Sharaf Mowjood is a master's degree candidate at the Columbia University School of Journalism. He is also the former Government Relations Coordinator for the Council on American Islamic Relations (CAIR) of Greater Los Angeles. At CAIR, Mowjood organized and participated in the Get Out the Vote Campaigns, candidate and town hall forums, and Lobby Days in Washington, D.C. He also met with elected officials from the city to the federal level, organizes workshops on voter and civic empowerment, and encouraged youth engagement with local mosque youth groups. In 2005, Mowjood was the Outreach Coordinator for Robert Greenwald’s film “Wal-Mart: The High Cost of Low Price.”
Sharaf graduated from Chapman University with a double major in Film and Peace Studies. He spent a semester in Jordan, Syria, Egypt, and Dubai with the School for International Training. He currently sits on the Wallace All-Faiths Chapel Advisory Board at Chapman University.
I ran for senior class president in high school, basing my campaign about changing the school’s policy of how cheerleaders were selected. Although I lost by a landslide, I ended up winning in the end as the administration decided to change the policy. The change happened because I wanted to become engaged, and to be engaged is the key asset for your story and voice to be heard. Whether it is a large or minute issue, political or apolitical, empowering yourself to be engaged will always provide one’s voice to be heard and story to be listened to, thus creating a change. Empowering the Muslim community to become more engaged in any field or industry will only sharpen its voice, hone its story, and bring change faster.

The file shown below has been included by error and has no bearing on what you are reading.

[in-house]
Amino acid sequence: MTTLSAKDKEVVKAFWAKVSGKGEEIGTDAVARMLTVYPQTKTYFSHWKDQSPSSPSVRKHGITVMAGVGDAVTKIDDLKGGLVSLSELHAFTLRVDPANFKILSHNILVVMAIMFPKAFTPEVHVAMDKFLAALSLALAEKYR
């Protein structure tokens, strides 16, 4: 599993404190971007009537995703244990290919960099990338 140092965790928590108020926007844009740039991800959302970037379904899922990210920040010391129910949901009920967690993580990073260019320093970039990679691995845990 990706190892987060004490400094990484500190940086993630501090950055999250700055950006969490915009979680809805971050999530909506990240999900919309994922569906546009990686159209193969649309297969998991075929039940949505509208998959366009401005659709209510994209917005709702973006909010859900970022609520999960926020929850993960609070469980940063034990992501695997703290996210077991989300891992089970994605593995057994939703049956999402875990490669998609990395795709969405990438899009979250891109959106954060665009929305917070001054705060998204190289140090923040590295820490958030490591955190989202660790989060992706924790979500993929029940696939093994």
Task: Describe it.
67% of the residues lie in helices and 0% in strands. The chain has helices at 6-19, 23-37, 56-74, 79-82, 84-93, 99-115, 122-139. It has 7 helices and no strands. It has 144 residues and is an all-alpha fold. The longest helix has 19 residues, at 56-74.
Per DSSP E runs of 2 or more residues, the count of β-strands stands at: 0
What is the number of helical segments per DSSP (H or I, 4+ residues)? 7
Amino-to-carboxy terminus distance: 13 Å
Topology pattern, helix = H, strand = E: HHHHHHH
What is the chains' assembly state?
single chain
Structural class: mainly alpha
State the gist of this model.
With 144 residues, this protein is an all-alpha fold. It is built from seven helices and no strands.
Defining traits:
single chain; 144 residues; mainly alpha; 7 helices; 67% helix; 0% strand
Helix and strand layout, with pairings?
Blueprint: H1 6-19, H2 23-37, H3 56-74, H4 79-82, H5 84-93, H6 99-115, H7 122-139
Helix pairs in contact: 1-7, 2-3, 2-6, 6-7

The AMCLI program brings together not just the best and the brightest of young leaders in America, but leaders who have a passion for the advancement of Muslims living in America. AMCLI has a tremendous impact because it is the first to bring together different change makers from various backgrounds who all have the commonality of engaging American Muslims. The fellows brought a plethora of different ideas and opinions, challenging perceptions and paradigms, and having the foresight to plan for the future. Throughout the program, my peer fellows challenged the way I organize communities, provided me with different ideas and angles for projects, helped me in crossing barriers with the community, pushed me to think more critically, but, most importantly, gave me a positive attitude and re-energized my intentions. Sitting in the AMCLI sessions, listening to the various speakers and discussions, and just looking around the room at the various organizers and fellows, I reassured myself with confidence that the work I do with the community is the best career path I have chosen.